I did exactly the same thing, and securing the new microwave was pretty easy. It has worked great for several years and over 10,000 miles on some occasionally horrible roads. It's very solid and secure.
I removed the old microwave and bracket, and built a wide shelf for the bottom of the opening out of some clear fir boards I had in the shop because when polyurethaned, it was very similar in color to our cabinets. I did have to dowel and glue two boards to get the width I needed, but two separate boards fastened in place would have worked too. After marking where the microwave feet would sit, I make four wood donuts with a circle cutter, and glued them to the shelf so the feet would sit inside. I could have just used a spade bit to drill some recessed holes too. Then, I went to a local Ace Hardware to their rope section where they sold nylon strapping by the foot along with various fittings. Picked up enough strap to go over the microwave, and a buckle too. Cut the strap in half, added the buckle, and cut to length with enough extra to go slightly under the sides of the microwave and secured the ends with fender washers and screws. You can't see the strap without looking for it because the black strap matches the black microwave sides.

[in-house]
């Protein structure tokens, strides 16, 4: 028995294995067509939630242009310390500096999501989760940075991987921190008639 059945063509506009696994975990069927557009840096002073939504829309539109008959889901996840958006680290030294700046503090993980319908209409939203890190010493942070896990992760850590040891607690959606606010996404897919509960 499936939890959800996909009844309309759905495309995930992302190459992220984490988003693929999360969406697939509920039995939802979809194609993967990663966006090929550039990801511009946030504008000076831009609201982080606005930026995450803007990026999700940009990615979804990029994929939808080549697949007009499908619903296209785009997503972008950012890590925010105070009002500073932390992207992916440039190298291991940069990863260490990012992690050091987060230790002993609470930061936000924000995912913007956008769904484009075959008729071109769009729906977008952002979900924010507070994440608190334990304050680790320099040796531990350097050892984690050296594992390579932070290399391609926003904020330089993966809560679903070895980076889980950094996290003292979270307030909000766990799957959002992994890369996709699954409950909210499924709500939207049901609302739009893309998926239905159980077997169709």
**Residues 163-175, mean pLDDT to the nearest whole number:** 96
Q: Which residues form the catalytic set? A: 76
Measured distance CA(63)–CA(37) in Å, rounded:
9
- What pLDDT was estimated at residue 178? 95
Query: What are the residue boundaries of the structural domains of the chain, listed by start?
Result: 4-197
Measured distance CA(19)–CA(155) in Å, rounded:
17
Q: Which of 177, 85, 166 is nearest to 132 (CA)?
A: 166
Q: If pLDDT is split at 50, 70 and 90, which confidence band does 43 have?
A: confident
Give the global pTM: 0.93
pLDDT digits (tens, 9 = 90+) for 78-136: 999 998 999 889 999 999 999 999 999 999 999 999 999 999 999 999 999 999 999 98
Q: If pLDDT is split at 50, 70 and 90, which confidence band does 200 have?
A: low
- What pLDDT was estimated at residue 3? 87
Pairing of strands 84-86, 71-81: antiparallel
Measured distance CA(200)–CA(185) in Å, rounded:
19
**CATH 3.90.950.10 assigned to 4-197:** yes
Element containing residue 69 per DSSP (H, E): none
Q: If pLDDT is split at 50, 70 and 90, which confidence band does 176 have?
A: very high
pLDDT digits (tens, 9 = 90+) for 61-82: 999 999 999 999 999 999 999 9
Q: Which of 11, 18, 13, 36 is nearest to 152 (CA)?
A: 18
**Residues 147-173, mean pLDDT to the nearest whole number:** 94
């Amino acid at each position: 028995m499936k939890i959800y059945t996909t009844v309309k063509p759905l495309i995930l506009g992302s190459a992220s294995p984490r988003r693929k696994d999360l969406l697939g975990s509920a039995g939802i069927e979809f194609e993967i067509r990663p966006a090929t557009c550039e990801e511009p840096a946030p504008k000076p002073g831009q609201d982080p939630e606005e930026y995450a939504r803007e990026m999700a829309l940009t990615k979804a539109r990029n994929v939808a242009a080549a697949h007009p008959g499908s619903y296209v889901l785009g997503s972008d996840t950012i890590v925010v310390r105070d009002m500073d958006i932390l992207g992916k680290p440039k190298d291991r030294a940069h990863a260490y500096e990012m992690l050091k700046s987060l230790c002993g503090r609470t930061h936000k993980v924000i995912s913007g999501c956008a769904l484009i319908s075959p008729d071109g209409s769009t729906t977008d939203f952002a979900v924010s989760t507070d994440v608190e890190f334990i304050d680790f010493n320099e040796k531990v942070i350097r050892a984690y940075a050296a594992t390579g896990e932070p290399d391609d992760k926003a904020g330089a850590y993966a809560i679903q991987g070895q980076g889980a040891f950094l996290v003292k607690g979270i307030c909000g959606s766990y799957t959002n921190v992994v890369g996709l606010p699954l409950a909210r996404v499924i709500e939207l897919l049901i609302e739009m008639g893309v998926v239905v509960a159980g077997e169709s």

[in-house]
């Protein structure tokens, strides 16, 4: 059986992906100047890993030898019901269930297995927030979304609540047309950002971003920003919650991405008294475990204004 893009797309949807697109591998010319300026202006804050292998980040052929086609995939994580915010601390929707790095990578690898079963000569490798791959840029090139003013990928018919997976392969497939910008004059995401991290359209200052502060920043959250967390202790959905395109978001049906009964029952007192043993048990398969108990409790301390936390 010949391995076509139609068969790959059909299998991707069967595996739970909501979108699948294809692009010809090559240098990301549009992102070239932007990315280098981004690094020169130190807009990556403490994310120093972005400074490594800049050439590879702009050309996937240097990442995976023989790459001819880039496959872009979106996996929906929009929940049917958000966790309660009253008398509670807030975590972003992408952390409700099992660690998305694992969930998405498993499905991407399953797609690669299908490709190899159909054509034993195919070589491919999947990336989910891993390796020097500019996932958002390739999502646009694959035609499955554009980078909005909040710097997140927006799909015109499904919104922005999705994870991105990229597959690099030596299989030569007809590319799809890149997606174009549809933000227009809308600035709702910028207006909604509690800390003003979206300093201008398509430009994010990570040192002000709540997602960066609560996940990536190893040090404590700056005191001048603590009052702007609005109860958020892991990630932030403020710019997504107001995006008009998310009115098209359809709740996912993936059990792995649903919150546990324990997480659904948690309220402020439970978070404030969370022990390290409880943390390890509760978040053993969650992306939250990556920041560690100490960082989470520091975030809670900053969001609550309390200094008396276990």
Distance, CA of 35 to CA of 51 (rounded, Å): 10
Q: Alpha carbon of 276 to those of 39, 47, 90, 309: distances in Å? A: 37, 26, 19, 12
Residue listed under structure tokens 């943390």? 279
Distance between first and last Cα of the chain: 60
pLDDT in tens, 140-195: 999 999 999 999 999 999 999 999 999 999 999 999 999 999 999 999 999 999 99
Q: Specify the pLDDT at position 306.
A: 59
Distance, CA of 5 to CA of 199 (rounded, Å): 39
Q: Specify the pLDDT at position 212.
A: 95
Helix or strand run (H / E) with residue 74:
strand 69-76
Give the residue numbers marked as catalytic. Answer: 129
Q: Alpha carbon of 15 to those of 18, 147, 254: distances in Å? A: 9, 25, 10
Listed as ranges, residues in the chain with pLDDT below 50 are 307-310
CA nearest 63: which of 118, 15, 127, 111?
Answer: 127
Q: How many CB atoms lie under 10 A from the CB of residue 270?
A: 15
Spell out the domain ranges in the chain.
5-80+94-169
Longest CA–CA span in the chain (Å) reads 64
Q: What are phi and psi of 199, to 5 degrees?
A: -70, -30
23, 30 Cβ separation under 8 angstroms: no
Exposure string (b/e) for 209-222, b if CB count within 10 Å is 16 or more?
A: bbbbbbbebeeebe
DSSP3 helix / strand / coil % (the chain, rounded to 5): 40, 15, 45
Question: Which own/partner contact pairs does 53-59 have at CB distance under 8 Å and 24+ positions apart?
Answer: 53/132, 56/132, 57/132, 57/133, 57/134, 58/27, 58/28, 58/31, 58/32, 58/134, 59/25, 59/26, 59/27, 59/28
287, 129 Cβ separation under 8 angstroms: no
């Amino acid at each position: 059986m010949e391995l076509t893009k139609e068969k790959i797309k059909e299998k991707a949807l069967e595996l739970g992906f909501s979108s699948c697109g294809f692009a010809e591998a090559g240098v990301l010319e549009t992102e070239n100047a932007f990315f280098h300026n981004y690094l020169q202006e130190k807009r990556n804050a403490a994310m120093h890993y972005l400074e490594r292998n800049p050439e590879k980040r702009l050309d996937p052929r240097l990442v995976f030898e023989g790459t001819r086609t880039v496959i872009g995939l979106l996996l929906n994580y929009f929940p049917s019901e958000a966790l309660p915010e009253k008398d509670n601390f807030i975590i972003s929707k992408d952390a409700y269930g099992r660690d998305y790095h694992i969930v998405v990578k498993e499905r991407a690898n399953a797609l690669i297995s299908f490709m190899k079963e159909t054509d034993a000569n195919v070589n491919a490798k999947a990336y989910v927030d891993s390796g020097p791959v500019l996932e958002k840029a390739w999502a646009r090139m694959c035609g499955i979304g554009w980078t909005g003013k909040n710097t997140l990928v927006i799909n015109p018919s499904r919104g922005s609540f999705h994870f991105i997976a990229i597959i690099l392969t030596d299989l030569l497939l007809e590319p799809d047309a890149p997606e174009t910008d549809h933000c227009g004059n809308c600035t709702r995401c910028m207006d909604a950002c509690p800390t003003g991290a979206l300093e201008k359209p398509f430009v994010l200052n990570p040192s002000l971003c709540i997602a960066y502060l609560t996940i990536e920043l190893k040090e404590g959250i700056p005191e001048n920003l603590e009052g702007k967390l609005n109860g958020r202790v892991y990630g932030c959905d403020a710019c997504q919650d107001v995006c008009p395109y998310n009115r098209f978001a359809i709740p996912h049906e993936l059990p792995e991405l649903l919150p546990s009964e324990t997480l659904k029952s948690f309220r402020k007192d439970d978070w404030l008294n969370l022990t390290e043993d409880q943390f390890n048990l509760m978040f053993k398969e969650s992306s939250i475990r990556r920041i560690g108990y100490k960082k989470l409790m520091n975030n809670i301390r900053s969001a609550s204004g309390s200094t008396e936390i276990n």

To cover all the holes on the back wall, I used 1/4" plywood and covered it in fabric to match our Safari themed interior and filled in the the recess inside the top of the opening with plywood. On the right side where there was pocket of sorts, I added some wood shelves with thin fronts to make the area a spice rack. It's worked great. I also ran some wires up from the under cabinet light and added a small LED automotive accent light. I chose a smaller microwave which also left room on the right for placing stuff while parked.
One thing I decided to do for safety, because the microwave is above our propane stove, was to make a heat shield for the bottom of the shelf. Found a precut piece of sheet metal at Home Depot that was the right size, along with 6 1/4" nylon spacers and screwed this to the bottom of the shelf after spraying the sheet metal with flat black heat resistant BBQ paint. The sheet metal extend just about 1/4" out from the front edge of the shelf.
First photo shows how I removed the very heavy convection microwave, the second, the opening after the bracket was removed, and the third, the finished project.
Tom and Pris M. along with Buddy the 17 year old Siamese cat
1998 Safari Serengeti 3706, 300HP Cat 3126 Allison 3060, 900 watts of Solar.
Dragging four telescopes around the US in search of dark skies.